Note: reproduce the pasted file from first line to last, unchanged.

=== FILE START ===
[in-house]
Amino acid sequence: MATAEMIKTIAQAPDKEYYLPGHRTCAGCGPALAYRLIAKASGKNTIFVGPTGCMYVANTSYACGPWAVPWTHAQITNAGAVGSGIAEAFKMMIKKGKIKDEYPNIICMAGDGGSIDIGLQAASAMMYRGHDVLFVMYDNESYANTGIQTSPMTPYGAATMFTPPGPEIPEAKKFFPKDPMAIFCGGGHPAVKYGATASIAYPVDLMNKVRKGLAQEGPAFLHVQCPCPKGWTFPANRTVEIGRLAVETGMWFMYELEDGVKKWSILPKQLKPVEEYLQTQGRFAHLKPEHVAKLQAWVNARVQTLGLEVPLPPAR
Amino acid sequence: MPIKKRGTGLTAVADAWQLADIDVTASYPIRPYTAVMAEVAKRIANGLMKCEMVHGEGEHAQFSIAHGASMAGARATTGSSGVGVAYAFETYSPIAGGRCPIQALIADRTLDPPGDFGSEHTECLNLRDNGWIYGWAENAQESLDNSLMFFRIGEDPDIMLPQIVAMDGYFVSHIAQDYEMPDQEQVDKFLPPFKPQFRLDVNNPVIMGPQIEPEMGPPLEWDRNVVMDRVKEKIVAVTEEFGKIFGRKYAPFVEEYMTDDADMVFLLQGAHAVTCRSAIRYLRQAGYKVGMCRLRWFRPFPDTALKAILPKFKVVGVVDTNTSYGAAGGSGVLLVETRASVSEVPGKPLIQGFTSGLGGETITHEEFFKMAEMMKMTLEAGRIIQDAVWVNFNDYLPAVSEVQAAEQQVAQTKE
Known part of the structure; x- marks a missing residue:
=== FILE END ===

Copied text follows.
[in-house]
Amino acid sequence: MATAEMIKTIAQAPDKEYYLPGHRTCAGCGPALAYRLIAKASGKNTIFVGPTGCMYVANTSYACGPWAVPWTHAQITNAGAVGSGIAEAFKMMIKKGKIKDEYPNIICMAGDGGSIDIGLQAASAMMYRGHDVLFVMYDNESYANTGIQTSPMTPYGAATMFTPPGPEIPEAKKFFPKDPMAIFCGGGHPAVKYGATASIAYPVDLMNKVRKGLAQEGPAFLHVQCPCPKGWTFPANRTVEIGRLAVETGMWFMYELEDGVKKWSILPKQLKPVEEYLQTQGRFAHLKPEHVAKLQAWVNARVQTLGLEVPLPPAR
Amino acid sequence: MPIKKRGTGLTAVADAWQLADIDVTASYPIRPYTAVMAEVAKRIANGLMKCEMVHGEGEHAQFSIAHGASMAGARATTGSSGVGVAYAFETYSPIAGGRCPIQALIADRTLDPPGDFGSEHTECLNLRDNGWIYGWAENAQESLDNSLMFFRIGEDPDIMLPQIVAMDGYFVSHIAQDYEMPDQEQVDKFLPPFKPQFRLDVNNPVIMGPQIEPEMGPPLEWDRNVVMDRVKEKIVAVTEEFGKIFGRKYAPFVEEYMTDDADMVFLLQGAHAVTCRSAIRYLRQAGYKVGMCRLRWFRPFPDTALKAILPKFKVVGVVDTNTSYGAAGGSGVLLVETRASVSEVPGKPLIQGFTSGLGGETITHEEFFKMAEMMKMTLEAGRIIQDAVWVNFNDYLPAVSEVQAAEQQVAQTKE
Known part of the structure; x- marks a missing residue: